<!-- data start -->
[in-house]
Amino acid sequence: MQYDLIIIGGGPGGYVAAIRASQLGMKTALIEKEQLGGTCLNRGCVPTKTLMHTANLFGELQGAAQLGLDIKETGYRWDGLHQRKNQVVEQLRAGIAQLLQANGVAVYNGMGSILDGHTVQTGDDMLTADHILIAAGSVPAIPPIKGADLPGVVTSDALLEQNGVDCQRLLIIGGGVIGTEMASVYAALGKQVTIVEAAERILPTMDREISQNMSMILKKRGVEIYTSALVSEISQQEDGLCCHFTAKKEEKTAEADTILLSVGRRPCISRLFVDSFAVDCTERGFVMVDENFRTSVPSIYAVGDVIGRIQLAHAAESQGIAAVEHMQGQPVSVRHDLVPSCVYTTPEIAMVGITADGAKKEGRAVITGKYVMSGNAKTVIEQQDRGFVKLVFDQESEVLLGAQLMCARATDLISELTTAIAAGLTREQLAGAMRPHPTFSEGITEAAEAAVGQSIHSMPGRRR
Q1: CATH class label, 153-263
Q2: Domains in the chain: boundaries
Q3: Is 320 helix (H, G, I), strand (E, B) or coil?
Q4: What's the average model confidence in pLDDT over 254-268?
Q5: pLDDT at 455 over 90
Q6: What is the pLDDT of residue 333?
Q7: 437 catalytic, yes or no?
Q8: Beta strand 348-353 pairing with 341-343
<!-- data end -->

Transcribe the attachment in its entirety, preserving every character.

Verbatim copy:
[in-house]
Amino acid sequence: MQYDLIIIGGGPGGYVAAIRASQLGMKTALIEKEQLGGTCLNRGCVPTKTLMHTANLFGELQGAAQLGLDIKETGYRWDGLHQRKNQVVEQLRAGIAQLLQANGVAVYNGMGSILDGHTVQTGDDMLTADHILIAAGSVPAIPPIKGADLPGVVTSDALLEQNGVDCQRLLIIGGGVIGTEMASVYAALGKQVTIVEAAERILPTMDREISQNMSMILKKRGVEIYTSALVSEISQQEDGLCCHFTAKKEEKTAEADTILLSVGRRPCISRLFVDSFAVDCTERGFVMVDENFRTSVPSIYAVGDVIGRIQLAHAAESQGIAAVEHMQGQPVSVRHDLVPSCVYTTPEIAMVGITADGAKKEGRAVITGKYVMSGNAKTVIEQQDRGFVKLVFDQESEVLLGAQLMCARATDLISELTTAIAAGLTREQLAGAMRPHPTFSEGITEAAEAAVGQSIHSMPGRRR
Q1: CATH class label, 153-263
Q2: Domains in the chain: boundaries
Q3: Is 320 helix (H, G, I), strand (E, B) or coil?
Q4: What's the average model confidence in pLDDT over 254-268?
Q5: pLDDT at 455 over 90
Q6: What is the pLDDT of residue 333?
Q7: 437 catalytic, yes or no?
Q8: Beta strand 348-353 pairing with 341-343